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Sept. l0, 1946.4
M. R. WELLS
, 2,407,622
FUEL TANK
Filed Nov. l, 1943
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Patented Sept. 10, 1946
2,407,622
UNITED STATES PATENT OFFICE
2,407,622
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FUEL TANK î
Merritt R. Wells, York, Pa.
Application November 1, 1943, Serial No. 508,589
1
2 claims. (o1. 22o-s6)
This invention relates to tanks for carrying
combustible liquids on vehicles, and more par
ticularly to gasoline tanks for trucks, tractors
and other commercial motor vehicles.
' While capable of employment in various dii
2
Drain plugs are indicated at I2 and may be
variously located.
'
The filling connection comprises anY inclined,
and preferably straight tube which `passes
through the cylindrical wall of the tank at one
side near the top and terminates near the cylin
drical wall at 'the other side` of the tankand-at
mounted with its axis normally horizontal, and
asornewhat lower level. It is located'at substan
approximately parallel with the longitudinal axis
tially midlength of the tank and is welded tothe
of the vehicle.
10 shell at -I4 to produce a _tight joint. It may be
,v This relationship is important because the tank
welded to the shell 6 at IS-if. desired. An-air
is designed to protect against discharge of liquid
vent duct I6 is formed within the upper portion
or vapor in the event that the vehicle rolls on its
o'f the tube I3, by any suitable means. and ex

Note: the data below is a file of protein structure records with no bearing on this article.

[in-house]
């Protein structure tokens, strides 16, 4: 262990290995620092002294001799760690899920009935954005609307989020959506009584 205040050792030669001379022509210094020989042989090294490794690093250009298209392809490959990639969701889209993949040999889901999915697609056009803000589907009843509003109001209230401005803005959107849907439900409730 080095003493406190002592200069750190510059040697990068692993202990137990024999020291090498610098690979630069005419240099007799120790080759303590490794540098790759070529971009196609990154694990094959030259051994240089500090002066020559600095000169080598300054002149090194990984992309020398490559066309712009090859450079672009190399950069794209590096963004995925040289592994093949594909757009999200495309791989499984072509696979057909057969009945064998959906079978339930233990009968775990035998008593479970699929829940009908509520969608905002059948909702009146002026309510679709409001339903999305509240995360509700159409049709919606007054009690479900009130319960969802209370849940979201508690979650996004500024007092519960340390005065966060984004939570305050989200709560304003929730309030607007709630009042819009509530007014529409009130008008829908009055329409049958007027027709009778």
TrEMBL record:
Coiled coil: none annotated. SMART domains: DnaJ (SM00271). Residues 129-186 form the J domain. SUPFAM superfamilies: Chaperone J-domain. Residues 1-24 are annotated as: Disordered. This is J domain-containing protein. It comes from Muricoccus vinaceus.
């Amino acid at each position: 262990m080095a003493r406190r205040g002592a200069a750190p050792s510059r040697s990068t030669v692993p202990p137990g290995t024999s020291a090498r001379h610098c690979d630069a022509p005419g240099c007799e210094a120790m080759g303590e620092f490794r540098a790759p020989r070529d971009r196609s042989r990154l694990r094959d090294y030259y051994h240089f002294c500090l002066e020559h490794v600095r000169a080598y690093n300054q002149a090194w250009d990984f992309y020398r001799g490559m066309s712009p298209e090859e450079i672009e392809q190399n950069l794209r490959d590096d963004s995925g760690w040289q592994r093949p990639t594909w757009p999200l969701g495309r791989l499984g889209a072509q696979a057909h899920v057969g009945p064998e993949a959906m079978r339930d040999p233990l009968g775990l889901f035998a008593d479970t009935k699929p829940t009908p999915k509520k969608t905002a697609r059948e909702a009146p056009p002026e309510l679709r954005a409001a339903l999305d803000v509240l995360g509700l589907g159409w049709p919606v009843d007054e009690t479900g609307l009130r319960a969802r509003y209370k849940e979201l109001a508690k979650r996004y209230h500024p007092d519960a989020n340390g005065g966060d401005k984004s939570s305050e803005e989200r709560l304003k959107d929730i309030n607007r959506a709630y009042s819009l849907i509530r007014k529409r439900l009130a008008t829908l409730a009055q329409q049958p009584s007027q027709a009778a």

side as the result of accident. The arrangement
is also such as to give reasonable protection 15 tends from the inner, nearly to the outer endfof
ferent forms the invention will be described as
embodied in a cylindrical tank intended to be
lagainst outilow when the tank is tilted in a fore
and aft direction. Since extreme tilting forward
or back rarely occurs, even in accidents, the tank
meets the actual practical requirements in this
iilling tube I3. This segregated vent. passage is
desirable but not indispensable and no noveltyis
claimed for it.
‘
Y
Threaded or otherwise removably lixed on the
regard.
_
end of tube I3 is a filling cap I1, having one or
20
more vents I 3, two being illustrated. >These vents
Additional protective features not claimed
are normally closed by an annulus I9 of a rub
herein are valved protection of the fuel line, a
berlike plastic of a type not harmfully affected by
vented iilling cap which seals against outiiow of
the liquid in the tank. . The_annulus I9 serves-at
liquid or vapors but will rupture or yield to pre~
outer'margin as a gasket between the Vcap Il
vent the development of extreme bursting pres~ 25 Vits
and the end of tube I3. The inner portion serves
sures; a tank shell construction which will per-l
as a valve, opening to permit inward ñow of‘air
mit considerable volume-increasing or other dis
and closing to prevent outward ñow of liquid or
tortion of the tank without seam rupture, as well
vapor.
`
'
\`a»s`other features which
The annulus I9 although it closes against out
description proceeds.
30
flow also serves as a rupturable relief plug. Upon
An outstanding feature of commercial im~
development of high internal pressure in the tank
portance is extreme simplicity of form despite
and before dangerous pressures are developed‘the
the incorporation of important safety features.
edge of the annulus will blow through the ports
In the drawing:
I8 and gradually relieve excessive pressure.
Fig. 1 is a vertical axial section of the tank.
35
Fig. 2 is a transverse section on the line 2_2
of Fig. 1.
,
Y Fig. 3 is an enlarged axial section through the
The annulus I9 performs still another useful